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Labor Action at Retail Locations: Free Pass or Trespass?

October 24, 2016

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While labor action enjoys broad legal protection, a recent decision confirms important limits on such rights.  On October 17, 2016, in Walmart v. United Food and Commercial Workers International Union, the California Court of Appeal upheld an injunction against union activity that constituted trespass, rejecting the union's claim that the state law trespass claim was preempted by federal labor law.

This case involved dramatic facts. In connection with a campaign across the United States, union demonstrations at Walmart stores in California included large numbers of people assembled outside a store, as well as groups of people that entered stores. Once inside, demonstrators engaged in “flash mob” activities, including singing, dancing, releasing balloons, and other disruptive tactics. Walmart sued for trespass inside its stores, and the state court issued an injunction. The union argued Walmart’s suit was preempted, claiming such union conduct can only be addressed by the National Labor Relations Board. The Court of Appeal rejected the union's preemption argument, finding that Walmart’s trespass claim pertained to the location of the activity, not to its purpose, and therefore was not the same issue that could have been presented to the NLRB. For this reason, it affirmed the state court's authority to enjoin the activity as trespass.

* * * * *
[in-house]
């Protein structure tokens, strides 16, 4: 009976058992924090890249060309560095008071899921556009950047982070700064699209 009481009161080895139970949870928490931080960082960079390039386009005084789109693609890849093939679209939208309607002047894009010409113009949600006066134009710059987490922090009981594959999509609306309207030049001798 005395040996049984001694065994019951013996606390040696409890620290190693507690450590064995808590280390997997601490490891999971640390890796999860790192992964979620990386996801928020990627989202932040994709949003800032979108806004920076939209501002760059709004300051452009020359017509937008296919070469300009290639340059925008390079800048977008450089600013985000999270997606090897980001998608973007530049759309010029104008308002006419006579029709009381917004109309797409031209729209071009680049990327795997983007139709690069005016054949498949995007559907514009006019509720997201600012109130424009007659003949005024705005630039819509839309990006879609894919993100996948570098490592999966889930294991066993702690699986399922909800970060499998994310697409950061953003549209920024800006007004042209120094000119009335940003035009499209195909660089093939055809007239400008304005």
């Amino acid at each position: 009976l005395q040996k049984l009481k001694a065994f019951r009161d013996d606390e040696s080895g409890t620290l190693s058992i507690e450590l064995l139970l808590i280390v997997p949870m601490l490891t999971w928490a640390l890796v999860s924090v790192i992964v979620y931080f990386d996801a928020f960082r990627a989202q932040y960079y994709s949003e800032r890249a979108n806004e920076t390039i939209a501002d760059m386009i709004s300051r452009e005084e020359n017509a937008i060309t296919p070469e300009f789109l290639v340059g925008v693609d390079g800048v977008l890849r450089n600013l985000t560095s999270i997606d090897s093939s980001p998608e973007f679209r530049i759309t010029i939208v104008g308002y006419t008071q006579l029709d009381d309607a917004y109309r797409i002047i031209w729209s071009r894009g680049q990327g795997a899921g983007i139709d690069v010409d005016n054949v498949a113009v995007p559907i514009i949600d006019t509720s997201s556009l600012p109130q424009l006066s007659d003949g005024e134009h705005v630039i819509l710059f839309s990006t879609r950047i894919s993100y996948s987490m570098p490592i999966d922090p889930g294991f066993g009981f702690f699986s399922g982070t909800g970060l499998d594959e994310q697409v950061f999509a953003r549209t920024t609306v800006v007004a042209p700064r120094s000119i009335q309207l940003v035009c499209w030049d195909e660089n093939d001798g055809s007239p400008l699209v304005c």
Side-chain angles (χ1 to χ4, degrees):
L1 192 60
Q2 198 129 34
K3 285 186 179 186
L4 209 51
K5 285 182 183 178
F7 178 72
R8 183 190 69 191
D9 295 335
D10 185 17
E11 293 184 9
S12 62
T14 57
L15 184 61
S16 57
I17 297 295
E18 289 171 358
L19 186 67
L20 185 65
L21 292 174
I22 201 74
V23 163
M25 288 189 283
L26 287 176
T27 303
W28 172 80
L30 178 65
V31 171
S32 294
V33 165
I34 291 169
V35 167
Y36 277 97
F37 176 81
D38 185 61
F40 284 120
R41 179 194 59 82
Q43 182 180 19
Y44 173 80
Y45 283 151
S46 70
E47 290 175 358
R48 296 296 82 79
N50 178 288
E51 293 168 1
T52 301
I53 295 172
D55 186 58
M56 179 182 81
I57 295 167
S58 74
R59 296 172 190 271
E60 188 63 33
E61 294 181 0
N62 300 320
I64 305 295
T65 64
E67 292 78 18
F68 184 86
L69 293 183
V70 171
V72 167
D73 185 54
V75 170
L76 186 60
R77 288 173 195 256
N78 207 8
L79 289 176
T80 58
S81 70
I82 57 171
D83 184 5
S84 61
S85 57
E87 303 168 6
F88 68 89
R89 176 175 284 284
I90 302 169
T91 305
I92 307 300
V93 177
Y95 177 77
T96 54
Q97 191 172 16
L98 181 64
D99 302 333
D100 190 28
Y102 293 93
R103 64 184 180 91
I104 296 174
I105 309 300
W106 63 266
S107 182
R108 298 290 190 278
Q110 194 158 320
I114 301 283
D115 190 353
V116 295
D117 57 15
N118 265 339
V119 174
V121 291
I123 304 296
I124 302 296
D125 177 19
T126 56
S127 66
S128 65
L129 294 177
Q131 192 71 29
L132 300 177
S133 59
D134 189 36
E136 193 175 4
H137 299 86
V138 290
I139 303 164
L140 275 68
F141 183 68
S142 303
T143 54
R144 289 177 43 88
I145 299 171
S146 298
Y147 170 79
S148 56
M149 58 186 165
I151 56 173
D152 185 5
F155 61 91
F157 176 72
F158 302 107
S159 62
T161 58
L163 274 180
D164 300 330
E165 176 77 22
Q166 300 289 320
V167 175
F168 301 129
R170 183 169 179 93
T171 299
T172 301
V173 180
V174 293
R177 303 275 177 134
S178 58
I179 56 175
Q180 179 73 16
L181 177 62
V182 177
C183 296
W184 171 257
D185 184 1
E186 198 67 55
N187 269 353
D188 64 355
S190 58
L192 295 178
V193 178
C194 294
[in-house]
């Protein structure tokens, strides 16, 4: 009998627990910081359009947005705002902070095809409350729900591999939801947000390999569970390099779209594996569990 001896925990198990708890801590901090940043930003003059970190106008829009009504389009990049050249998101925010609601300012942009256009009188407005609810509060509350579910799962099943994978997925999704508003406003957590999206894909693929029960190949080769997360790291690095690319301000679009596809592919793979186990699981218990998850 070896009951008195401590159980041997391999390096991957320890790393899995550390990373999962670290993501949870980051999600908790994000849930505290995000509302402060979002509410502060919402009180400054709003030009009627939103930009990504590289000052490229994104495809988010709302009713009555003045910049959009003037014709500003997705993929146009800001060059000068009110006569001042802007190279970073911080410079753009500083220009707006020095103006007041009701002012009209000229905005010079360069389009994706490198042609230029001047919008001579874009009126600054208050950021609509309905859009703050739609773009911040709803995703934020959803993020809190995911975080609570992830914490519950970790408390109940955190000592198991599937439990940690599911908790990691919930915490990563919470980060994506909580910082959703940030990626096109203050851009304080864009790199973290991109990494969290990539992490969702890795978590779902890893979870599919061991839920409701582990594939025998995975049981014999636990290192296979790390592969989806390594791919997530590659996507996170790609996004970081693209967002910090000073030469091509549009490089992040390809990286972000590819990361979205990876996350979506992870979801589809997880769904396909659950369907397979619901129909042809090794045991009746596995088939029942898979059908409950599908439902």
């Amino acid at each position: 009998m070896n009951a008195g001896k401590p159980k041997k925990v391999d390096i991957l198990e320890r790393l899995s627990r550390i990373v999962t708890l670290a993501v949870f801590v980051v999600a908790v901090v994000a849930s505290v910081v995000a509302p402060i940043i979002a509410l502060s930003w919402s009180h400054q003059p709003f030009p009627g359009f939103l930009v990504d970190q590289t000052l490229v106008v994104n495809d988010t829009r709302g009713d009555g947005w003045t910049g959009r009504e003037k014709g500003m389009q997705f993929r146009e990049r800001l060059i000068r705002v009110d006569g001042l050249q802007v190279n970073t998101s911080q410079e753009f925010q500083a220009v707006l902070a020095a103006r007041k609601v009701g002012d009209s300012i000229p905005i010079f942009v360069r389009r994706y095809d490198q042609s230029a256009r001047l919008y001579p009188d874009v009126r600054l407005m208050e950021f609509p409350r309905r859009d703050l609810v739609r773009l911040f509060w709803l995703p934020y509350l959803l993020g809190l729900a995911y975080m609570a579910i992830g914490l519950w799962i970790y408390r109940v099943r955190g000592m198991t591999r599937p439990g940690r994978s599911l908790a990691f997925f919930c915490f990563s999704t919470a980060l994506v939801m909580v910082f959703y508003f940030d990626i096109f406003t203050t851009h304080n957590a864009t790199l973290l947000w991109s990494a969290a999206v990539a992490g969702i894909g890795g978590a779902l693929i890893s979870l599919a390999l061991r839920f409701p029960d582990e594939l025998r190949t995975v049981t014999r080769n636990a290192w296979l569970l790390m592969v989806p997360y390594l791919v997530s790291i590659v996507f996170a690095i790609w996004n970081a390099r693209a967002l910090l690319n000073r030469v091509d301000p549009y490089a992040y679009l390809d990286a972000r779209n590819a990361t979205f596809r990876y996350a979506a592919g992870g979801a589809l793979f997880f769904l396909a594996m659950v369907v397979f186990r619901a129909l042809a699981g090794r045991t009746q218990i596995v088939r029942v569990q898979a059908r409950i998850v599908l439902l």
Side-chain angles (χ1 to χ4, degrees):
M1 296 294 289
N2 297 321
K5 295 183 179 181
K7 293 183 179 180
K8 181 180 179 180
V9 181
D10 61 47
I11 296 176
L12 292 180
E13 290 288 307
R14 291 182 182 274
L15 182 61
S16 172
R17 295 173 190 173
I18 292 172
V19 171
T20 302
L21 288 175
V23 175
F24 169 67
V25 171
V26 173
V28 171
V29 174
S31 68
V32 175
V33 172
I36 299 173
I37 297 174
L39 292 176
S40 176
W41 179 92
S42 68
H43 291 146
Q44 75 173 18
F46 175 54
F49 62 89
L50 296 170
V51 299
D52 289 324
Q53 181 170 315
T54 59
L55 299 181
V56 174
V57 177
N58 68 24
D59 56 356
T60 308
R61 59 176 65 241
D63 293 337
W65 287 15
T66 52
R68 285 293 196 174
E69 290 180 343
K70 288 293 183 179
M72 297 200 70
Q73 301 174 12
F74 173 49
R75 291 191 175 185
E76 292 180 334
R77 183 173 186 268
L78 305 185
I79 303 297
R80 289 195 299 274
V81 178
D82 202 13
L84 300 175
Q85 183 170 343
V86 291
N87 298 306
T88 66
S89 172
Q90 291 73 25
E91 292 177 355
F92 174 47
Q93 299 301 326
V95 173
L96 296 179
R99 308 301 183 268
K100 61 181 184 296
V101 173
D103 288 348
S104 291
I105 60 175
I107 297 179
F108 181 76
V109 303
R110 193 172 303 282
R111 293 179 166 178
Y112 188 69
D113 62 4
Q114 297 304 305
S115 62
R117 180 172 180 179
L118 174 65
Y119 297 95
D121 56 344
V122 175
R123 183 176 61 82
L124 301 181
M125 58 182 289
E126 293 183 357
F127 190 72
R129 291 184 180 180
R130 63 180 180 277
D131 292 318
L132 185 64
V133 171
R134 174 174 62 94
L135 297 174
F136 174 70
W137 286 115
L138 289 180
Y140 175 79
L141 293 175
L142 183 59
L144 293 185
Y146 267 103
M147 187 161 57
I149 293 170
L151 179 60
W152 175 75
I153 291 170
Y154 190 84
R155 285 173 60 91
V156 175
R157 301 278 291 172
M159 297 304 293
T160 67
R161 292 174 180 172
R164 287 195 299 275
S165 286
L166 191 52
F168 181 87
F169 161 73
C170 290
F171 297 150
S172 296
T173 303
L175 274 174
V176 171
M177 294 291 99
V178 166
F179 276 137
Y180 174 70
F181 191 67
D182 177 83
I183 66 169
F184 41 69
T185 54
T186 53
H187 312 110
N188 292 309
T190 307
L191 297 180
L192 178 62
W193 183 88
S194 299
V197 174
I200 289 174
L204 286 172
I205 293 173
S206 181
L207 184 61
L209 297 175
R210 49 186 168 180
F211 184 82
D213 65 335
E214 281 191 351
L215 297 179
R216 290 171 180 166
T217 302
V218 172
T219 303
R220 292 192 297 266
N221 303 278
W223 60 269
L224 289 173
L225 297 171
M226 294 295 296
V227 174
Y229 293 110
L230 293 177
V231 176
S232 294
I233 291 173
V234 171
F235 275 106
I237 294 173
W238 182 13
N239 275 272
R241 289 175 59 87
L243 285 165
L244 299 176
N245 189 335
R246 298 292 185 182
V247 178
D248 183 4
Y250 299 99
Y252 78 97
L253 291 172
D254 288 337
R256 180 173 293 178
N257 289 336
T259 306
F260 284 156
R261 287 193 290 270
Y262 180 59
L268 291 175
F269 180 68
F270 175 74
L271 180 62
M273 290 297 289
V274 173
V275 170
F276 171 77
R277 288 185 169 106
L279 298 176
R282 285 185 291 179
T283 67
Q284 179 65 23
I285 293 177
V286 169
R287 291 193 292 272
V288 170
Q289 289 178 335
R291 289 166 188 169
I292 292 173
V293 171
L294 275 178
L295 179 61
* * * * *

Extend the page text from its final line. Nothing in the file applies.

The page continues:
This case confirms that a claim for trespass can support injunctive relief from disruptive labor activity in appropriate circumstances, and reinforces the importance of careful crafting of the complaint, to avoid preemption.

For more information, please contact:

Nancy Newman

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Emily Charley

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